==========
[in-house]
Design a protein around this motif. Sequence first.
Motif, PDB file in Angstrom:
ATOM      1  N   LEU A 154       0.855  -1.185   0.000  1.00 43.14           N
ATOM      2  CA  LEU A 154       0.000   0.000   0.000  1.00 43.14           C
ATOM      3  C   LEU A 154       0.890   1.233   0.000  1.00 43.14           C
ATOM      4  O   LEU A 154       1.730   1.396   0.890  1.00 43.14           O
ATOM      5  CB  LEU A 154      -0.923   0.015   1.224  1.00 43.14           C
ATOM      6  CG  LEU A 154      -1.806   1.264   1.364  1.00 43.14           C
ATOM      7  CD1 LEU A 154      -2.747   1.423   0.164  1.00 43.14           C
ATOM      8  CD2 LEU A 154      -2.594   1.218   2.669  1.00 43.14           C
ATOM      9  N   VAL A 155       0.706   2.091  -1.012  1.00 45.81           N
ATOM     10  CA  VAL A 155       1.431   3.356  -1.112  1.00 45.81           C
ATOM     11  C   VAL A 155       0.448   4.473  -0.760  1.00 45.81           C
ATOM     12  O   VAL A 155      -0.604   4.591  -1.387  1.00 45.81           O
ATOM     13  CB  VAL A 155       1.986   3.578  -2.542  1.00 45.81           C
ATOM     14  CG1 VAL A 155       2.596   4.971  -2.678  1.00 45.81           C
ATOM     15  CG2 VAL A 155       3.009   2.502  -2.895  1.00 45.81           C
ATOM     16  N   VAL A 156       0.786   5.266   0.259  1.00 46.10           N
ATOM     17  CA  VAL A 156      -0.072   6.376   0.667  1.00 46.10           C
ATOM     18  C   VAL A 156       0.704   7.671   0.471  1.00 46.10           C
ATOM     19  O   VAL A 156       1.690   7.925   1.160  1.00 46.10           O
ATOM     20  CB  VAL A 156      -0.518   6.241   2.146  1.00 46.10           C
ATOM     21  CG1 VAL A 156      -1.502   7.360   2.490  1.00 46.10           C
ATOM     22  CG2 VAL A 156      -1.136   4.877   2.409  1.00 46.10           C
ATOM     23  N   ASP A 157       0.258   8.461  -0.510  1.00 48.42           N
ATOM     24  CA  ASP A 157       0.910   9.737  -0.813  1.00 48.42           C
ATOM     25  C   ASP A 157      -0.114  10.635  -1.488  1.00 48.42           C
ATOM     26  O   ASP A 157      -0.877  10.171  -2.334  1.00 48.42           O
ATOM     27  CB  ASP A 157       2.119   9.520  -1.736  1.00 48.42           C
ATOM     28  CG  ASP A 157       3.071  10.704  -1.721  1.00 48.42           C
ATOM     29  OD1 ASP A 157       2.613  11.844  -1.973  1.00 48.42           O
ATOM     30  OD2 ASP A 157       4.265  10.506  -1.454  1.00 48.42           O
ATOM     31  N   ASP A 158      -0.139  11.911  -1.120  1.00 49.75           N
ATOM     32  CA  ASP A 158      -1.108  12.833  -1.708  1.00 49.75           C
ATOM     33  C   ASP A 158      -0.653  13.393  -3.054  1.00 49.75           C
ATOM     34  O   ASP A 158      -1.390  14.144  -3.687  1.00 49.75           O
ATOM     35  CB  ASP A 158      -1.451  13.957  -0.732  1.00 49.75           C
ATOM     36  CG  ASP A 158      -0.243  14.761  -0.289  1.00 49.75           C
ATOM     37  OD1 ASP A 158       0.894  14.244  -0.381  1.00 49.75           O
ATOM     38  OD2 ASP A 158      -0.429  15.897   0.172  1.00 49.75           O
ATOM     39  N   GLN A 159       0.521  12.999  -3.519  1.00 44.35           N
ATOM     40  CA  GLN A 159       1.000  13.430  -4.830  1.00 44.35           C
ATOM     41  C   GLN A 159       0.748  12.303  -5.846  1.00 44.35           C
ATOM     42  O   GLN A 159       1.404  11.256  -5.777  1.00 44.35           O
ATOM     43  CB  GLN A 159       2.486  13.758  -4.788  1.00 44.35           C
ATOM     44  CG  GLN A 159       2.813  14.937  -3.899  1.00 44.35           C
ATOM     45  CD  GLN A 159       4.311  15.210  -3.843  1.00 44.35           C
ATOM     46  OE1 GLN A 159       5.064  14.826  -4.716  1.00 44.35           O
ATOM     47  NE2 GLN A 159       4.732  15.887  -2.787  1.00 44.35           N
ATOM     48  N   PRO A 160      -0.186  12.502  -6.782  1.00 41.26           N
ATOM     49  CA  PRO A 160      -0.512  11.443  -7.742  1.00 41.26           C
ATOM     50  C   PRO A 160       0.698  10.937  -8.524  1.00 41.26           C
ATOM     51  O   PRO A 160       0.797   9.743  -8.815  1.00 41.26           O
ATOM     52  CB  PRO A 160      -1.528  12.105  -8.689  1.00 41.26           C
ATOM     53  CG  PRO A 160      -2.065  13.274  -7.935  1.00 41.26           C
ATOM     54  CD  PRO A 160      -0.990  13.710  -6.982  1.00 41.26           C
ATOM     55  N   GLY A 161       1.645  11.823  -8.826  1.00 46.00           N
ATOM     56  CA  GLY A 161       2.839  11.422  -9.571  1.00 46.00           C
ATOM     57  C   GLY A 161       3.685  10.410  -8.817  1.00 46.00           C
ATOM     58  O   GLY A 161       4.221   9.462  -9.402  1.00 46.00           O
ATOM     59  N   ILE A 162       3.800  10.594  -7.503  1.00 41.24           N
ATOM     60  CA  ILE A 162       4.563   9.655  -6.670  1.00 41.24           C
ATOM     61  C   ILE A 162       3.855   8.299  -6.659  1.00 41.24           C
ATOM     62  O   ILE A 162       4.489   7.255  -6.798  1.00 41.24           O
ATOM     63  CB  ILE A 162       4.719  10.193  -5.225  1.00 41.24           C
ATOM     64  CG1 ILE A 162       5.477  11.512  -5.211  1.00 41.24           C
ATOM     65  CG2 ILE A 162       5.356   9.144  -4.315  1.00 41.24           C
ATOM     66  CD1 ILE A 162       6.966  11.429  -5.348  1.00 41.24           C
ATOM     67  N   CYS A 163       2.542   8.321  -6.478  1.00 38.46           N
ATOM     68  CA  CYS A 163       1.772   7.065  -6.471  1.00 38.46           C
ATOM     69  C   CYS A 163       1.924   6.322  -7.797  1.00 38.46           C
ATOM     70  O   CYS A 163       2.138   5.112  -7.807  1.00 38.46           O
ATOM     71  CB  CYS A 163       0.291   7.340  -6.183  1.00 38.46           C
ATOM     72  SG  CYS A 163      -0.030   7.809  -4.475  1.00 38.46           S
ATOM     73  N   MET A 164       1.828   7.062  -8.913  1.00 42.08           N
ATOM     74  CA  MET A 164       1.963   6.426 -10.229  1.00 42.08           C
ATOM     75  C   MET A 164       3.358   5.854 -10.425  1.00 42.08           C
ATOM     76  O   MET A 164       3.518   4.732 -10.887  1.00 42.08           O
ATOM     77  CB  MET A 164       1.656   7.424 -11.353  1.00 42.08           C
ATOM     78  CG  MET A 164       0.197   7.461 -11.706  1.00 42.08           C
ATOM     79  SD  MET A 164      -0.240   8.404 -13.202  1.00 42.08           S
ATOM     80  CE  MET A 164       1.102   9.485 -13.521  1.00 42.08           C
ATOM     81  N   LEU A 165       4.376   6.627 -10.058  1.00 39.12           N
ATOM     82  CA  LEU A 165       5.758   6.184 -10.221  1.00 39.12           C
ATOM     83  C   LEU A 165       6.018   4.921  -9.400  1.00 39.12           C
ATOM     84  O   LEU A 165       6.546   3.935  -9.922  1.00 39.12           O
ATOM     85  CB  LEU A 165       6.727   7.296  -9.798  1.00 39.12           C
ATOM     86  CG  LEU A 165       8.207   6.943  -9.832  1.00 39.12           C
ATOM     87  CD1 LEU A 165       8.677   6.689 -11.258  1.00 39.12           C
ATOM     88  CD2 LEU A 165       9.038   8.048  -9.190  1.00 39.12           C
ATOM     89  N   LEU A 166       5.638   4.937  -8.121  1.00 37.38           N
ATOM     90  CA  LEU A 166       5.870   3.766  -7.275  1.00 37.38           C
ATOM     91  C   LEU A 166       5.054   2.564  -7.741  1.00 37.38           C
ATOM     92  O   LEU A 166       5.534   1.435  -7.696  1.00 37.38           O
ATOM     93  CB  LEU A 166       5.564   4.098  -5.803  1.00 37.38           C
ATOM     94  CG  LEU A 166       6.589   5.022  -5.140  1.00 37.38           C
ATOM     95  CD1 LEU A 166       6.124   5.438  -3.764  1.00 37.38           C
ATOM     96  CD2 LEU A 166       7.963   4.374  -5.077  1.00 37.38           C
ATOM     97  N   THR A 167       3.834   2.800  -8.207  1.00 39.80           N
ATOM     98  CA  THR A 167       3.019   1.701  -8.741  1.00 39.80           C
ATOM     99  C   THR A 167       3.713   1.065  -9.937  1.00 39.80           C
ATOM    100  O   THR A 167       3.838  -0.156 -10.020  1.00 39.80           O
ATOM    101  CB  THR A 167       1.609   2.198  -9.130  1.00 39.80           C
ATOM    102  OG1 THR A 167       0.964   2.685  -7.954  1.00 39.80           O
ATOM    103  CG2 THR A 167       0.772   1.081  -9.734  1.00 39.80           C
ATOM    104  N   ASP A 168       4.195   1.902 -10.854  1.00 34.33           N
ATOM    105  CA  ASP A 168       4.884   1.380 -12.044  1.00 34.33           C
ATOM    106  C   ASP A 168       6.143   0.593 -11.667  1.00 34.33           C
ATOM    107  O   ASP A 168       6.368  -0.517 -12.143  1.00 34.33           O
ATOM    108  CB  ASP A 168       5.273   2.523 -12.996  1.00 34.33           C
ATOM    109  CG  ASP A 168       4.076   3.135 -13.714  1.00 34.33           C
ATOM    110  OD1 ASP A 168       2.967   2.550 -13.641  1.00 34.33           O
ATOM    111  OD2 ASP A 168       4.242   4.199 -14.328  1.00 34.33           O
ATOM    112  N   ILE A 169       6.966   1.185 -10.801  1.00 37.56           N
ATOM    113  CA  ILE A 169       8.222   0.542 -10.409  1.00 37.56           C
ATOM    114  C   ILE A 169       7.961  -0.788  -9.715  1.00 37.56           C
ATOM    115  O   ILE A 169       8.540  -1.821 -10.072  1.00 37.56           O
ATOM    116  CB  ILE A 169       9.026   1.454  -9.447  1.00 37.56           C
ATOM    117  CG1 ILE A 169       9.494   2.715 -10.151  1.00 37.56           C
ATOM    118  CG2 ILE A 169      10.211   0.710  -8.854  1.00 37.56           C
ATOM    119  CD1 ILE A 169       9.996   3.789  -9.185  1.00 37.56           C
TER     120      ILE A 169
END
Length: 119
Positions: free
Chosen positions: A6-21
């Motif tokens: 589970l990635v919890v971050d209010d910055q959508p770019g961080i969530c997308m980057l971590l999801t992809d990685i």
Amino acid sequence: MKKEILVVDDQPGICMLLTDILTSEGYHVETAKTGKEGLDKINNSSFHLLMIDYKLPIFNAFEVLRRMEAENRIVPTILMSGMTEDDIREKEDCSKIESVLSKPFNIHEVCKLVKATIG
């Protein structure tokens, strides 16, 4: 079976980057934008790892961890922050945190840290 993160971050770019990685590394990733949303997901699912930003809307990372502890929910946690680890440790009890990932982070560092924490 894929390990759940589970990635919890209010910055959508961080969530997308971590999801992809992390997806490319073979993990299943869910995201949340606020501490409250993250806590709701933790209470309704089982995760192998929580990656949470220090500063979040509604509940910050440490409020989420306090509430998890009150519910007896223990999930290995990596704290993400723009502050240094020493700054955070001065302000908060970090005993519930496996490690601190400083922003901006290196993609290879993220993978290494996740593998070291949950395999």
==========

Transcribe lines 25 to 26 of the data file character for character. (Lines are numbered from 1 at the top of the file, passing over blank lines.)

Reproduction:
ATOM     22  CG2 VAL A 156      -1.136   4.877   2.409  1.00 46.10           C
ATOM     23  N   ASP A 157       0.258   8.461  -0.510  1.00 48.42           N